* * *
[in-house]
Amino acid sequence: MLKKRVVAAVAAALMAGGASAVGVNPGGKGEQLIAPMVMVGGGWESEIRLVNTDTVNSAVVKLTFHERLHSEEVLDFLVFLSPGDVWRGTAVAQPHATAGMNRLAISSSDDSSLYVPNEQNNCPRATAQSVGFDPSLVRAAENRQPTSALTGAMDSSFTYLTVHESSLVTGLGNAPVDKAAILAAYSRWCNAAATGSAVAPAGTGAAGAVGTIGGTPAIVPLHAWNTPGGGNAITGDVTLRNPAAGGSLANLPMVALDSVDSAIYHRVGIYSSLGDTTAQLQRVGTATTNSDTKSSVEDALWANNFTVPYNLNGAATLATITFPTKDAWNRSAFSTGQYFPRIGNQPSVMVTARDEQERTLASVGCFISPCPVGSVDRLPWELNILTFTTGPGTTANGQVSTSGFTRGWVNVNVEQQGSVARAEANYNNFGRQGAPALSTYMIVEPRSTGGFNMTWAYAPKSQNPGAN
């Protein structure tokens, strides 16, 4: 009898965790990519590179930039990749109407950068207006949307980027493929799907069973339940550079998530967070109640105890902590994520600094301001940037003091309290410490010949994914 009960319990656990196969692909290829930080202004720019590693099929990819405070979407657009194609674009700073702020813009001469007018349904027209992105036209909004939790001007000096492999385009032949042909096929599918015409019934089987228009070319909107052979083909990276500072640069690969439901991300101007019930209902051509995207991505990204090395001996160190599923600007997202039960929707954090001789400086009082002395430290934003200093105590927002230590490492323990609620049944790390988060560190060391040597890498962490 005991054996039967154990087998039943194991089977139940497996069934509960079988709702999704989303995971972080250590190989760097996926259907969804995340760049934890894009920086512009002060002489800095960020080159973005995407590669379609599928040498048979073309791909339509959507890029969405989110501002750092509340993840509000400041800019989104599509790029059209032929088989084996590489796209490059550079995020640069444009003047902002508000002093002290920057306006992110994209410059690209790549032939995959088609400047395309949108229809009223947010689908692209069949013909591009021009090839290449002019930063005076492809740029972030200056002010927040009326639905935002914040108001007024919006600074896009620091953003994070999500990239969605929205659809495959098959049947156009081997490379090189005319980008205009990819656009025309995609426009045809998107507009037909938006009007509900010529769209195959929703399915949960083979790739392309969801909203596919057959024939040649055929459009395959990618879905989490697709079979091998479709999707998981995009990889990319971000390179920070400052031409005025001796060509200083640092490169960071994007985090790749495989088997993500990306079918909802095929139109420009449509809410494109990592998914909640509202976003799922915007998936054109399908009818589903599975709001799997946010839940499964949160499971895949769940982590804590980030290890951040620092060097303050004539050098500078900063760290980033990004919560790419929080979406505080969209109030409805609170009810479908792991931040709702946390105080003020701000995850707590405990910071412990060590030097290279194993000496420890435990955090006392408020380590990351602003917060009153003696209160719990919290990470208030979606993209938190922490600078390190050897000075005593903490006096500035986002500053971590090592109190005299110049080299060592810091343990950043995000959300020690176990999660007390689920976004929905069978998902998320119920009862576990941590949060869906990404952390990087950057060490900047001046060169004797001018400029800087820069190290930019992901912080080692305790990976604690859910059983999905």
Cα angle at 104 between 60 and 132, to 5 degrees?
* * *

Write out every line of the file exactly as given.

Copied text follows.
[in-house]
Amino acid sequence: MLKKRVVAAVAAALMAGGASAVGVNPGGKGEQLIAPMVMVGGGWESEIRLVNTDTVNSAVVKLTFHERLHSEEVLDFLVFLSPGDVWRGTAVAQPHATAGMNRLAISSSDDSSLYVPNEQNNCPRATAQSVGFDPSLVRAAENRQPTSALTGAMDSSFTYLTVHESSLVTGLGNAPVDKAAILAAYSRWCNAAATGSAVAPAGTGAAGAVGTIGGTPAIVPLHAWNTPGGGNAITGDVTLRNPAAGGSLANLPMVALDSVDSAIYHRVGIYSSLGDTTAQLQRVGTATTNSDTKSSVEDALWANNFTVPYNLNGAATLATITFPTKDAWNRSAFSTGQYFPRIGNQPSVMVTARDEQERTLASVGCFISPCPVGSVDRLPWELNILTFTTGPGTTANGQVSTSGFTRGWVNVNVEQQGSVARAEANYNNFGRQGAPALSTYMIVEPRSTGGFNMTWAYAPKSQNPGAN
């Protein structure tokens, strides 16, 4: 009898965790990519590179930039990749109407950068207006949307980027493929799907069973339940550079998530967070109640105890902590994520600094301001940037003091309290410490010949994914 009960319990656990196969692909290829930080202004720019590693099929990819405070979407657009194609674009700073702020813009001469007018349904027209992105036209909004939790001007000096492999385009032949042909096929599918015409019934089987228009070319909107052979083909990276500072640069690969439901991300101007019930209902051509995207991505990204090395001996160190599923600007997202039960929707954090001789400086009082002395430290934003200093105590927002230590490492323990609620049944790390988060560190060391040597890498962490 005991054996039967154990087998039943194991089977139940497996069934509960079988709702999704989303995971972080250590190989760097996926259907969804995340760049934890894009920086512009002060002489800095960020080159973005995407590669379609599928040498048979073309791909339509959507890029969405989110501002750092509340993840509000400041800019989104599509790029059209032929088989084996590489796209490059550079995020640069444009003047902002508000002093002290920057306006992110994209410059690209790549032939995959088609400047395309949108229809009223947010689908692209069949013909591009021009090839290449002019930063005076492809740029972030200056002010927040009326639905935002914040108001007024919006600074896009620091953003994070999500990239969605929205659809495959098959049947156009081997490379090189005319980008205009990819656009025309995609426009045809998107507009037909938006009007509900010529769209195959929703399915949960083979790739392309969801909203596919057959024939040649055929459009395959990618879905989490697709079979091998479709999707998981995009990889990319971000390179920070400052031409005025001796060509200083640092490169960071994007985090790749495989088997993500990306079918909802095929139109420009449509809410494109990592998914909640509202976003799922915007998936054109399908009818589903599975709001799997946010839940499964949160499971895949769940982590804590980030290890951040620092060097303050004539050098500078900063760290980033990004919560790419929080979406505080969209109030409805609170009810479908792991931040709702946390105080003020701000995850707590405990910071412990060590030097290279194993000496420890435990955090006392408020380590990351602003917060009153003696209160719990919290990470208030979606993209938190922490600078390190050897000075005593903490006096500035986002500053971590090592109190005299110049080299060592810091343990950043995000959300020690176990999660007390689920976004929905069978998902998320119920009862576990941590949060869906990404952390990087950057060490900047001046060169004797001018400029800087820069190290930019992901912080080692305790990976604690859910059983999905």
Cα angle at 104 between 60 and 132, to 5 degrees?